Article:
Day one for this CreativePact project (see the intro posted yesterday, and see creativepact.co.uk for other projects going on this month), and to begin this month of collecting videos of improvisation I started with some simple searches. The term ‘improv’ returns many cases of words like ‘improvement’ in the video titles, descriptions and tags; nevertheless, this video did catch my eye:
A short little improv of a simple FM+waveshaping patch being controlled by the Gate and Pressure outputs of a set of MakeNoise Pressure Points. Only the top row of potentiometers is used, controlling the pitch, the rest is all the Gate and Pressure voltages generated by touching the pads.
I love the way that the first part of this video is given to vocal description of the soundmaking instrument that is then played. On reflection, after viewing the next video to be discussed, this video by James Cigler can be thought of as having a certain nakedness about it: both in the way that the technologies being used are portrayed (rather than simply letting the hands be seen and the sounds they are making be heard, the performer exposes something of the underlying processes that would otherwise be unseen), and the visual aesthetic of the electronic instrument itself, which is a minimally dressed circuit board that responds to human touch, has (if not too tenuous now) a nakedness about it too.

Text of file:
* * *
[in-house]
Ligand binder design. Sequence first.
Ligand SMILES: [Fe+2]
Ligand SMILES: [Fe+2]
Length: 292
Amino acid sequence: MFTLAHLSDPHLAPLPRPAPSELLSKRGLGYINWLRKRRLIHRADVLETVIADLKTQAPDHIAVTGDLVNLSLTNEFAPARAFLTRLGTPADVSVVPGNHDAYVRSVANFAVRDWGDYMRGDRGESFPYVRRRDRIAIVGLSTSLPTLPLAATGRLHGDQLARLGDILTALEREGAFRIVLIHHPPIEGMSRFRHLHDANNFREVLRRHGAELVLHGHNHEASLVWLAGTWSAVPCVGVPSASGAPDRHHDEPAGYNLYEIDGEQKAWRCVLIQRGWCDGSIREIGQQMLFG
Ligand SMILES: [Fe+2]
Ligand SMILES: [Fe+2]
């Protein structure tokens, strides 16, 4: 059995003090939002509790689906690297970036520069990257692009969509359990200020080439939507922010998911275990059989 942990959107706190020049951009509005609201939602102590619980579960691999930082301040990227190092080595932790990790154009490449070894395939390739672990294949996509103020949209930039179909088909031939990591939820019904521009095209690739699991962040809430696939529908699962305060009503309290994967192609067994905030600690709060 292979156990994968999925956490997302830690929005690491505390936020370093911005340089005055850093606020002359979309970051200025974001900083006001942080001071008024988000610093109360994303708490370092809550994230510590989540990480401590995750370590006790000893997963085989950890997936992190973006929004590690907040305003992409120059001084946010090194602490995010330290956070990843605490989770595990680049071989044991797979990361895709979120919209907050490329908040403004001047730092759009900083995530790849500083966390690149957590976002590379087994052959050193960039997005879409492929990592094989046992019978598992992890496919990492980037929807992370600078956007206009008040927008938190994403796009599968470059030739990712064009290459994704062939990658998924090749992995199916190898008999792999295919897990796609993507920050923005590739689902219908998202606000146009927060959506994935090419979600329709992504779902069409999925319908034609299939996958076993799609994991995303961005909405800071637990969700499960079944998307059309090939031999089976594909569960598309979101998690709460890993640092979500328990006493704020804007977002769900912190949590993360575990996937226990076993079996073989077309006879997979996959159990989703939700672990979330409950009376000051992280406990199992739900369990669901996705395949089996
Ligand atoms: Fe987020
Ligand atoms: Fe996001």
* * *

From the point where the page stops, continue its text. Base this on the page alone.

Searching on vimeo for ‘improvisation’ – before applying any additional filters to the results – displays first the four results shown in the screenshot below:
These results, for me, raise number questions and potential issues for this somewhat un-planned-out project. Even before watching them the lower two of those, in particular, had me pondering along various trains of thought… for now, let’s just think about the improvised dancing from the woman without clothing:
Natasha Improvisation. Music composed by SredAn / Based on Ethiopian song.
Nakedness is no big deal, especially in the context of the arts, but it’s also something that I don’t recall ever having to think about in the context inclusive improv, but rather than explore the question here, I’ll just let you do your own thinking, and will respond to any comments below… Moving on towards choosing a video to add the inclusive improv collection today let’s think about licensing.
Whereas Quick Improvisation has a (cc) by-nc license, the Pressure Points Improv video is without creative commons licensing. Although the video can still be added to vimeo collections (an option that can be switched off by the uploader) this subtle detail of the way the video has been shared by its creator helps to simplify the task of curating…
Add to the mix of ideas today that I’d rather focus on newer content, I decided to filter the search results to show, by date, videos with a (cc) by license, and then to go with the first result in that list. So the video chosen today is:
I’m happy enough with that as a start:
International Saxophonist Evan Parker leads a unique lesson in musical improvisation at The Reid School of Music.